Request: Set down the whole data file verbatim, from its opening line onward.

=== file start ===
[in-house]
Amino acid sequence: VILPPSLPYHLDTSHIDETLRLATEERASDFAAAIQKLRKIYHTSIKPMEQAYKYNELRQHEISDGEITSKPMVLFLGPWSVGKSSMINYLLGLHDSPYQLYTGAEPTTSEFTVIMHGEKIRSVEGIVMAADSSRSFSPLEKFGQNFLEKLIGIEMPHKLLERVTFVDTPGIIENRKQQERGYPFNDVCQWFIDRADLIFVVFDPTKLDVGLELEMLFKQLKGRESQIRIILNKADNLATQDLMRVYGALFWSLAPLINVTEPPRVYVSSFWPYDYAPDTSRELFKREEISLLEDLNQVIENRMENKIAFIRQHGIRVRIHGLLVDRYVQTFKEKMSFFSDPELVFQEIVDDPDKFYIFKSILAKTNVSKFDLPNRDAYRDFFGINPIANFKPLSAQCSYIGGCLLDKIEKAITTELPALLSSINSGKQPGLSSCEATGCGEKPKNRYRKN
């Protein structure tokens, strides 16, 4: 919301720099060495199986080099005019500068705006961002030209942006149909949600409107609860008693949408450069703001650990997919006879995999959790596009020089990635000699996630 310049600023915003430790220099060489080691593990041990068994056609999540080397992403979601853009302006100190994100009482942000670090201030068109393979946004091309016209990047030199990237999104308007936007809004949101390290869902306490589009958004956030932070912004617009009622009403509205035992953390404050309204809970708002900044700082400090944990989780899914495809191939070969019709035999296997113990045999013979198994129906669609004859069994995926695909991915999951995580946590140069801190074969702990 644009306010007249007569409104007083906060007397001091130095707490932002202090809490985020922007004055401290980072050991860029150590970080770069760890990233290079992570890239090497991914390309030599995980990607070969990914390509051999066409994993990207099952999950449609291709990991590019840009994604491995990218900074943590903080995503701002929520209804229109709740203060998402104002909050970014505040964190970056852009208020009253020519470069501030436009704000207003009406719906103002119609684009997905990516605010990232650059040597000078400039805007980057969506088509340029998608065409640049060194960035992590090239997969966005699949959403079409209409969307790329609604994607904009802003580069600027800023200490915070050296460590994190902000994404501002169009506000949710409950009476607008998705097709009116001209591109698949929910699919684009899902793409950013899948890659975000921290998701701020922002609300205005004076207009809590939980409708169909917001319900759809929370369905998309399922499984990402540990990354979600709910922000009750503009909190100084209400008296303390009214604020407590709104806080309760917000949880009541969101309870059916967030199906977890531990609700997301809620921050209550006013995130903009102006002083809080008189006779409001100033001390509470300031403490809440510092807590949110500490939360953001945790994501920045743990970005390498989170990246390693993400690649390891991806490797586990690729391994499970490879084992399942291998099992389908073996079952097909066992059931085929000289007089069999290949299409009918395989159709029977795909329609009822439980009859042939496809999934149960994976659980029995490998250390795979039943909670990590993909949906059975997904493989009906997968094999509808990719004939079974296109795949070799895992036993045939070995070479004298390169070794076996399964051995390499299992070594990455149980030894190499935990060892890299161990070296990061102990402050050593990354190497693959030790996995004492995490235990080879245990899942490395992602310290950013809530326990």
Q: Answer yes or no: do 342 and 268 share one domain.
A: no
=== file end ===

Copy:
[in-house]
Amino acid sequence: VILPPSLPYHLDTSHIDETLRLATEERASDFAAAIQKLRKIYHTSIKPMEQAYKYNELRQHEISDGEITSKPMVLFLGPWSVGKSSMINYLLGLHDSPYQLYTGAEPTTSEFTVIMHGEKIRSVEGIVMAADSSRSFSPLEKFGQNFLEKLIGIEMPHKLLERVTFVDTPGIIENRKQQERGYPFNDVCQWFIDRADLIFVVFDPTKLDVGLELEMLFKQLKGRESQIRIILNKADNLATQDLMRVYGALFWSLAPLINVTEPPRVYVSSFWPYDYAPDTSRELFKREEISLLEDLNQVIENRMENKIAFIRQHGIRVRIHGLLVDRYVQTFKEKMSFFSDPELVFQEIVDDPDKFYIFKSILAKTNVSKFDLPNRDAYRDFFGINPIANFKPLSAQCSYIGGCLLDKIEKAITTELPALLSSINSGKQPGLSSCEATGCGEKPKNRYRKN
């Protein structure tokens, strides 16, 4: 919301720099060495199986080099005019500068705006961002030209942006149909949600409107609860008693949408450069703001650990997919006879995999959790596009020089990635000699996630 310049600023915003430790220099060489080691593990041990068994056609999540080397992403979601853009302006100190994100009482942000670090201030068109393979946004091309016209990047030199990237999104308007936007809004949101390290869902306490589009958004956030932070912004617009009622009403509205035992953390404050309204809970708002900044700082400090944990989780899914495809191939070969019709035999296997113990045999013979198994129906669609004859069994995926695909991915999951995580946590140069801190074969702990 644009306010007249007569409104007083906060007397001091130095707490932002202090809490985020922007004055401290980072050991860029150590970080770069760890990233290079992570890239090497991914390309030599995980990607070969990914390509051999066409994993990207099952999950449609291709990991590019840009994604491995990218900074943590903080995503701002929520209804229109709740203060998402104002909050970014505040964190970056852009208020009253020519470069501030436009704000207003009406719906103002119609684009997905990516605010990232650059040597000078400039805007980057969506088509340029998608065409640049060194960035992590090239997969966005699949959403079409209409969307790329609604994607904009802003580069600027800023200490915070050296460590994190902000994404501002169009506000949710409950009476607008998705097709009116001209591109698949929910699919684009899902793409950013899948890659975000921290998701701020922002609300205005004076207009809590939980409708169909917001319900759809929370369905998309399922499984990402540990990354979600709910922000009750503009909190100084209400008296303390009214604020407590709104806080309760917000949880009541969101309870059916967030199906977890531990609700997301809620921050209550006013995130903009102006002083809080008189006779409001100033001390509470300031403490809440510092807590949110500490939360953001945790994501920045743990970005390498989170990246390693993400690649390891991806490797586990690729391994499970490879084992399942291998099992389908073996079952097909066992059931085929000289007089069999290949299409009918395989159709029977795909329609009822439980009859042939496809999934149960994976659980029995490998250390795979039943909670990590993909949906059975997904493989009906997968094999509808990719004939079974296109795949070799895992036993045939070995070479004298390169070794076996399964051995390499299992070594990455149980030894190499935990060892890299161990070296990061102990402050050593990354190497693959030790996995004492995490235990080879245990899942490395992602310290950013809530326990």
Q: Answer yes or no: do 342 and 268 share one domain.
A: no